cardiac glycosides

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cardiac glycosides The introduction of the cardiac glycosides into medicine was inextricably linked to William Withering (1741–99), who studied medicine in Edinburgh and then practised in Birmingham. Like many educated people of his time, his interests were wide, and he made significant contributions to chemistry, mineralogy, and particularly botany. In 1776, he published A botanical Arrangement of all the Vegetables naturally growing in Great Britain, in two volumes which went through several later editions. His expertise in botany was put to good use when in 1775 his opinion was asked about a family recipe for the cure of dropsy, which had been kept secret by an old woman in Shropshire. He wrote:
‘I was informed that the effects produced were violent vomiting and purging … This medicine was composed of twenty or more different herbs; but it was not difficult for one conversant in these subjects to perceive that the active herb could be none other than the Foxglove.’

He found that foxglove was a powerful diuretic, but he then heard that a colleague in Oxford had cured an accumulation of fluid in the chest with it. This made him undertake a comprehensive study of foxglove, which led to the conclusion that it cured dropsy (the term then used to describe an accumulation of fluid in the tissues) due to cardiac failure, and that it led to a brisk diuresis. He published his findings on 163 cases in An account of Foxglove and some of its medical uses in 1785, in which he gave a full account of the botany, preparations, actions, and toxic effects. Of course, the poisonous actions of foxglove were already well known. Leonhard Fuchs had given a good description of the plant in 1542 and noted its action as a diuretic and laxative. However, the focus on the action in heart failure was entirely due to Withering, and represents the best early account of a rational therapeutic approach.

The main active substance in the purple foxglove Digitalis purpurea is digitoxin, a steroid (17 lactone with a trisaccharide attached at the 3 position). It is active at nanomolar concentration. Related active substances are found in D.lanata (digoxin, which is more widely used in current medical practice because of its shorter duration of action), and in Strophanthus gratus (ouabain), squill, convallaria, hellebore, and many other plants. The main effects on the heart are an increase in contractile force, especially in the failing heart, and a slowing of the rate. The slowing is particularly marked in people with atrial fibrillation, and the heartbeat is also made more regular.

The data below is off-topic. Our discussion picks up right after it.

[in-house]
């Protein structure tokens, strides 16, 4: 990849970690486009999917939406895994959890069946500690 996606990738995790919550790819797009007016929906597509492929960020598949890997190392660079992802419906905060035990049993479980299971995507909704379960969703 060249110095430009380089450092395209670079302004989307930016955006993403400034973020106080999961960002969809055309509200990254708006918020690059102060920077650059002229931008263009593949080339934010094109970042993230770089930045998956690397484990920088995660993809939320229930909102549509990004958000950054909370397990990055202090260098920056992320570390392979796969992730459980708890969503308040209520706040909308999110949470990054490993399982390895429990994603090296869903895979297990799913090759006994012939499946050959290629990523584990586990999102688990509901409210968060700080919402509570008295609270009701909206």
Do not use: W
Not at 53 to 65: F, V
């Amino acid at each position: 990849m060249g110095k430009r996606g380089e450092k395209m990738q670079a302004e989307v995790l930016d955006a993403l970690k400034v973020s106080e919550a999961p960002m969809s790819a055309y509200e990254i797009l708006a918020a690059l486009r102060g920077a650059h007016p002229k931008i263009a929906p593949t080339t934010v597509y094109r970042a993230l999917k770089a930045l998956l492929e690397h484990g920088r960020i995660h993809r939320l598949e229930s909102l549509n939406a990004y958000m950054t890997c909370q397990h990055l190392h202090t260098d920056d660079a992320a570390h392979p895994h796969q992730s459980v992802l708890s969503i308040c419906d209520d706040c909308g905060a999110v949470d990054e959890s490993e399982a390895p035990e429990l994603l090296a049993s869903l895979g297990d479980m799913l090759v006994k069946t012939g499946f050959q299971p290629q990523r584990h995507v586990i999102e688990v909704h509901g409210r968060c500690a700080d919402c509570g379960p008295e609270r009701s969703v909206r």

All the active cardiac glycosides are inhibitors of the enzyme Na/K ATPase, present in cell membranes, which is responsible for pumping sodium out of the cell and pumping potassium in. It is generally believed that the inhibition of this enzyme is mainly responsible for the strengthening of the contraction of the heart (the resulting rise in intracellular sodium inhibits the sodium/calcium exchanger, which is the main mechanism concerned with extruding calcium from the cell; thus intracellular calcium increases, and this enhances the contractile force of the cardiac muscle). However, the action of the glycosides are complex and involve also the effects of acetylcholine and noradrenaline released from the cardiac nerves: this may be the main mechanism for reducing the heart rate. Reduction in the rate of beating of the ventricles when there is atrial fibrillation is due to a number of actions: raising of the excitation threshold at the atrio-ventricular node is probably most important (allowing fewer of the disordered waves of atrial activity to be conducted to the ventricles.) The diuretic action is probably due to inhibition of the ATPase in the kidney tubules, resulting in reduced reabsorption of sodium — and therefore also of water — from the tubular fluid, thus increasing the volume of urine.

Toxic effects include anorexia, nausea, vomiting, headache, drowsiness, and visual disturbances, as well as extrasystoles and excessive slowing of the heart rate. The dose range between therapeutic and toxic levels is small: if this were a new drug today, it is very doubtful whether it would receive approval! However, even after 200 years, cardiac glycosides remain of major importance in the treatment of heart failure.

Arnold Burgen

See also cardiac muscle; heart; heart failure.